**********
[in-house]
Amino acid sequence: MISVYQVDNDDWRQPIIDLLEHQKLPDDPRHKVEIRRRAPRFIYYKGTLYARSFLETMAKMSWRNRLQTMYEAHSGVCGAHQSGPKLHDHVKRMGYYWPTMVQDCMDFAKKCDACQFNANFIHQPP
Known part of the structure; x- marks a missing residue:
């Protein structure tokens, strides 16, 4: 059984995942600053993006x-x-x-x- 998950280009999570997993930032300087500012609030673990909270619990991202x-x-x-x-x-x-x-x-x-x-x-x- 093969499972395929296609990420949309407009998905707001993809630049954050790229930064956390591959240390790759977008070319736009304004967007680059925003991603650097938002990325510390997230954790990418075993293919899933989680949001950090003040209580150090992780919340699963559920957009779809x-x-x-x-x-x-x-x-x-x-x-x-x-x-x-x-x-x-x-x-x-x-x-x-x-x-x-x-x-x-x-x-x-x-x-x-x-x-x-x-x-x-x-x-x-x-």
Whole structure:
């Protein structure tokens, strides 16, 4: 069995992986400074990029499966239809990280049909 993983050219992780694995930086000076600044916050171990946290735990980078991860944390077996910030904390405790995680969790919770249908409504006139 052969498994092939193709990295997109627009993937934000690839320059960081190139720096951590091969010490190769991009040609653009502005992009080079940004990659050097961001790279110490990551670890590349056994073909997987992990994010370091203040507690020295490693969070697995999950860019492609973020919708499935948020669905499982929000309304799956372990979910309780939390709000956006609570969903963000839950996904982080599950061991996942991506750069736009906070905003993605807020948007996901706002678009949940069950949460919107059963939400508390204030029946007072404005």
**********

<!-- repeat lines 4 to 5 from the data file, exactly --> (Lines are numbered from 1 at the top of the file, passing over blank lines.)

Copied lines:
């Protein structure tokens, strides 16, 4: 059984995942600053993006x-x-x-x- 998950280009999570997993930032300087500012609030673990909270619990991202x-x-x-x-x-x-x-x-x-x-x-x- 093969499972395929296609990420949309407009998905707001993809630049954050790229930064956390591959240390790759977008070319736009304004967007680059925003991603650097938002990325510390997230954790990418075993293919899933989680949001950090003040209580150090992780919340699963559920957009779809x-x-x-x-x-x-x-x-x-x-x-x-x-x-x-x-x-x-x-x-x-x-x-x-x-x-x-x-x-x-x-x-x-x-x-x-x-x-x-x-x-x-x-x-x-x-």
Whole structure: